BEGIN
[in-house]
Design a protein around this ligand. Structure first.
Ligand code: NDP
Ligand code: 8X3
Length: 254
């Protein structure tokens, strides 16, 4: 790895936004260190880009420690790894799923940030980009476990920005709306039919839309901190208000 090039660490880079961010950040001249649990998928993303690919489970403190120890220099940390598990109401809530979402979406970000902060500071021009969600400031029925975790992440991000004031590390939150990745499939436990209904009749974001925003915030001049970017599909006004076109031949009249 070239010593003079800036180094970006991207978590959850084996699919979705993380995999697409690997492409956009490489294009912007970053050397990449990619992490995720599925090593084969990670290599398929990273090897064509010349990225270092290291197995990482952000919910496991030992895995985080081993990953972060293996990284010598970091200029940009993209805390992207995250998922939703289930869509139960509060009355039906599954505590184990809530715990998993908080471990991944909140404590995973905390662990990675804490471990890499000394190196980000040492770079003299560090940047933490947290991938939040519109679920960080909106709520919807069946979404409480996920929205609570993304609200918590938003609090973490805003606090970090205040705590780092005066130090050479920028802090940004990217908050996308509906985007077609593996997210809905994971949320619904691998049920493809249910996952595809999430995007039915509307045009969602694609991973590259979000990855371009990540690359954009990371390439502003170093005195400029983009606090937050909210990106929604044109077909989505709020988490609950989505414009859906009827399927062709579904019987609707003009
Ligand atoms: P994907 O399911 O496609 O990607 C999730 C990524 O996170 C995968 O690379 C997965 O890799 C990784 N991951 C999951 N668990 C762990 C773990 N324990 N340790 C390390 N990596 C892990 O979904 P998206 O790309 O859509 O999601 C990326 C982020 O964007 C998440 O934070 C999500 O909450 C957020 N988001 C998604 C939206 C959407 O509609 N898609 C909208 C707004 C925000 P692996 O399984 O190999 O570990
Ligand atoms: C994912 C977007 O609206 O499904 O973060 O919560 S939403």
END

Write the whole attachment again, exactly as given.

[in-house]
Design a protein around this ligand. Structure first.
Ligand code: NDP
Ligand code: 8X3
Length: 254
């Protein structure tokens, strides 16, 4: 790895936004260190880009420690790894799923940030980009476990920005709306039919839309901190208000 090039660490880079961010950040001249649990998928993303690919489970403190120890220099940390598990109401809530979402979406970000902060500071021009969600400031029925975790992440991000004031590390939150990745499939436990209904009749974001925003915030001049970017599909006004076109031949009249 070239010593003079800036180094970006991207978590959850084996699919979705993380995999697409690997492409956009490489294009912007970053050397990449990619992490995720599925090593084969990670290599398929990273090897064509010349990225270092290291197995990482952000919910496991030992895995985080081993990953972060293996990284010598970091200029940009993209805390992207995250998922939703289930869509139960509060009355039906599954505590184990809530715990998993908080471990991944909140404590995973905390662990990675804490471990890499000394190196980000040492770079003299560090940047933490947290991938939040519109679920960080909106709520919807069946979404409480996920929205609570993304609200918590938003609090973490805003606090970090205040705590780092005066130090050479920028802090940004990217908050996308509906985007077609593996997210809905994971949320619904691998049920493809249910996952595809999430995007039915509307045009969602694609991973590259979000990855371009990540690359954009990371390439502003170093005195400029983009606090937050909210990106929604044109077909989505709020988490609950989505414009859906009827399927062709579904019987609707003009
Ligand atoms: P994907 O399911 O496609 O990607 C999730 C990524 O996170 C995968 O690379 C997965 O890799 C990784 N991951 C999951 N668990 C762990 C773990 N324990 N340790 C390390 N990596 C892990 O979904 P998206 O790309 O859509 O999601 C990326 C982020 O964007 C998440 O934070 C999500 O909450 C957020 N988001 C998604 C939206 C959407 O509609 N898609 C909208 C707004 C925000 P692996 O399984 O190999 O570990
Ligand atoms: C994912 C977007 O609206 O499904 O973060 O919560 S939403």